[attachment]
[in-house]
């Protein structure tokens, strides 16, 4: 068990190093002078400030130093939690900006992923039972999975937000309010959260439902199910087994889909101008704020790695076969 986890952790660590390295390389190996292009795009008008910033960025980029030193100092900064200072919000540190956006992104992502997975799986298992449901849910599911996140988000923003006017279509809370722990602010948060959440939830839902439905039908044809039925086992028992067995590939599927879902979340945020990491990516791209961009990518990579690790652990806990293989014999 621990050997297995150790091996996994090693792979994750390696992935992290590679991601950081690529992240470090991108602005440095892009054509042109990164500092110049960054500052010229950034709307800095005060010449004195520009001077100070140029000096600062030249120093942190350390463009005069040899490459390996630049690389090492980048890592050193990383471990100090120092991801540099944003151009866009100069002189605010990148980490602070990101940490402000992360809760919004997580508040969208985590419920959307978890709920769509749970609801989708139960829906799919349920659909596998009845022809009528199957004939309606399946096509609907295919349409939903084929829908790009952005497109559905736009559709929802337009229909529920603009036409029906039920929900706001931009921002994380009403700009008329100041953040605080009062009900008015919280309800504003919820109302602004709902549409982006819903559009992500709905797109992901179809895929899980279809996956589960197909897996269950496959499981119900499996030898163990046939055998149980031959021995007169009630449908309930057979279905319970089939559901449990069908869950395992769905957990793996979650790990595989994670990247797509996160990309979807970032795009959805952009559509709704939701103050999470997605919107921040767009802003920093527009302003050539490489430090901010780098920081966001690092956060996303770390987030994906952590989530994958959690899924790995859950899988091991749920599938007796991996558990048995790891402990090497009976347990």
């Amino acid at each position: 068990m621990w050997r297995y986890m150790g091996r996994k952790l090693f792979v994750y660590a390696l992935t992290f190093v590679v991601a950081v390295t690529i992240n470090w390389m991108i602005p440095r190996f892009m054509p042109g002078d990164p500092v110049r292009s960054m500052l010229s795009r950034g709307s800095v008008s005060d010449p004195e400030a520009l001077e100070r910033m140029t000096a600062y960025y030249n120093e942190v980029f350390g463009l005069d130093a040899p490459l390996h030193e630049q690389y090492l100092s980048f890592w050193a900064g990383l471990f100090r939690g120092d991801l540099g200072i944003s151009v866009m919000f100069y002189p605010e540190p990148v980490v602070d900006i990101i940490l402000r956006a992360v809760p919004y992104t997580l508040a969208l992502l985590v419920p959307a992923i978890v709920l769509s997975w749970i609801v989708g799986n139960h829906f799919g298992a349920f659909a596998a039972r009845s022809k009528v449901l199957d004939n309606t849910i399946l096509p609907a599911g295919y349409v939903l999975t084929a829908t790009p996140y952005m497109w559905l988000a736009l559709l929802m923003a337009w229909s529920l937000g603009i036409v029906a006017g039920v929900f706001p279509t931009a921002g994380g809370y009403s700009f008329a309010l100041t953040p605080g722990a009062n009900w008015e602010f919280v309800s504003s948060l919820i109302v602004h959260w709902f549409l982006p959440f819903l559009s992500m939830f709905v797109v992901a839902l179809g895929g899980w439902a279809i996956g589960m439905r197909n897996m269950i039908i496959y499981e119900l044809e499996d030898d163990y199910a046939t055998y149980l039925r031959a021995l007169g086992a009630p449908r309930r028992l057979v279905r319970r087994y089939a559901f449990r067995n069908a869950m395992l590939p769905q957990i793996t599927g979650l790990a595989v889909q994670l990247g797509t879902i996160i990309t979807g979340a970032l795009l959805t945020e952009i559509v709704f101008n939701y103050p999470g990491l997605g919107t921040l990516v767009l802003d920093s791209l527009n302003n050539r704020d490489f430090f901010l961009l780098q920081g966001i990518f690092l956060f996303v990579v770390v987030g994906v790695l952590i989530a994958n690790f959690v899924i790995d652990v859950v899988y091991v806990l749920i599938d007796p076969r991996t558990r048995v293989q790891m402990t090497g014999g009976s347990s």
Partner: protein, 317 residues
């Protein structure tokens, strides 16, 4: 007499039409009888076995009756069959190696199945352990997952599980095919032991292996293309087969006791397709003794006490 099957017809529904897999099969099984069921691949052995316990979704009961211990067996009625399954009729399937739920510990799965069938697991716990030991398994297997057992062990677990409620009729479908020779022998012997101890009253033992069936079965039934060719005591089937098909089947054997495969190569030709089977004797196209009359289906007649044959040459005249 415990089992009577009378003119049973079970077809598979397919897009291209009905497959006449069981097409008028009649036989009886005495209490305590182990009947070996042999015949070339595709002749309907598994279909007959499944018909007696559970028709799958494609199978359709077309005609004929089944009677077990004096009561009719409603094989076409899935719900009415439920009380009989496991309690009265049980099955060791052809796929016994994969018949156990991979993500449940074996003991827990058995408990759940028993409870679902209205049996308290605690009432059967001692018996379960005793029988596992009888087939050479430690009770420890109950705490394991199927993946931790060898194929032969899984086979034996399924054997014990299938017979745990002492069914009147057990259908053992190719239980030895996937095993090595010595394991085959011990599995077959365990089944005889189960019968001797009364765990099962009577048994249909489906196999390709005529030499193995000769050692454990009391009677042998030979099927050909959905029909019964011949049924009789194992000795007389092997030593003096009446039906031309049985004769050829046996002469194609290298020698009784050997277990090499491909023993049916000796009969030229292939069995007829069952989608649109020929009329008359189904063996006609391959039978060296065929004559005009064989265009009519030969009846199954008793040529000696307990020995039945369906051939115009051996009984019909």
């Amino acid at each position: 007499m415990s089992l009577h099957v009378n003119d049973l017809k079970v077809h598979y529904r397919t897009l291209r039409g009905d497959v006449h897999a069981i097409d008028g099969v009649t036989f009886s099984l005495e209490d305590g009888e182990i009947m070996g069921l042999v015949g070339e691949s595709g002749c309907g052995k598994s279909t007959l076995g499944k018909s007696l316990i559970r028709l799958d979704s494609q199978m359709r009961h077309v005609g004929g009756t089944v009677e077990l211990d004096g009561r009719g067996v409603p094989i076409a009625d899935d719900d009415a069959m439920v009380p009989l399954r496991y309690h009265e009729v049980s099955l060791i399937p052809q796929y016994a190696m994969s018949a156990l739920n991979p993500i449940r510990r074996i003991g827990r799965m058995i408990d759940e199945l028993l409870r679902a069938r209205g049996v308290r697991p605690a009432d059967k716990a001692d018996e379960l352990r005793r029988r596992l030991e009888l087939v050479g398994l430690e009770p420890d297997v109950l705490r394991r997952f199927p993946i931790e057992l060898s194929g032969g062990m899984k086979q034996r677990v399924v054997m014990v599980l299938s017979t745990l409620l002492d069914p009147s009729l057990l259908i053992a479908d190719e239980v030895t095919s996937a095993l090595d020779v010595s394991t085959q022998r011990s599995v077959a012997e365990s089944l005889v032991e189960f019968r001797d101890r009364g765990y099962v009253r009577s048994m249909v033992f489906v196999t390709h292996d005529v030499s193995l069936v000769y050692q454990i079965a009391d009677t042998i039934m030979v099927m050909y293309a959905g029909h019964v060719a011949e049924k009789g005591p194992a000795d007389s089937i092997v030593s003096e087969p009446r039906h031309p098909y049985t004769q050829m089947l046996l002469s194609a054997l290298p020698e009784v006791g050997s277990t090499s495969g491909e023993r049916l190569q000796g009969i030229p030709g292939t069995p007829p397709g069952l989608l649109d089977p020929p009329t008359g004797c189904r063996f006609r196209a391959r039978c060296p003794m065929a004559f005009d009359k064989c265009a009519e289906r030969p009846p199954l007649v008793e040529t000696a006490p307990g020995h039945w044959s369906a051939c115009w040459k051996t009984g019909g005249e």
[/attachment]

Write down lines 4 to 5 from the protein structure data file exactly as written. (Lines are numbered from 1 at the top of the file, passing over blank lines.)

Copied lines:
Partner: protein, 317 residues
């Protein structure tokens, strides 16, 4: 007499039409009888076995009756069959190696199945352990997952599980095919032991292996293309087969006791397709003794006490 099957017809529904897999099969099984069921691949052995316990979704009961211990067996009625399954009729399937739920510990799965069938697991716990030991398994297997057992062990677990409620009729479908020779022998012997101890009253033992069936079965039934060719005591089937098909089947054997495969190569030709089977004797196209009359289906007649044959040459005249 415990089992009577009378003119049973079970077809598979397919897009291209009905497959006449069981097409008028009649036989009886005495209490305590182990009947070996042999015949070339595709002749309907598994279909007959499944018909007696559970028709799958494609199978359709077309005609004929089944009677077990004096009561009719409603094989076409899935719900009415439920009380009989496991309690009265049980099955060791052809796929016994994969018949156990991979993500449940074996003991827990058995408990759940028993409870679902209205049996308290605690009432059967001692018996379960005793029988596992009888087939050479430690009770420890109950705490394991199927993946931790060898194929032969899984086979034996399924054997014990299938017979745990002492069914009147057990259908053992190719239980030895996937095993090595010595394991085959011990599995077959365990089944005889189960019968001797009364765990099962009577048994249909489906196999390709005529030499193995000769050692454990009391009677042998030979099927050909959905029909019964011949049924009789194992000795007389092997030593003096009446039906031309049985004769050829046996002469194609290298020698009784050997277990090499491909023993049916000796009969030229292939069995007829069952989608649109020929009329008359189904063996006609391959039978060296065929004559005009064989265009009519030969009846199954008793040529000696307990020995039945369906051939115009051996009984019909």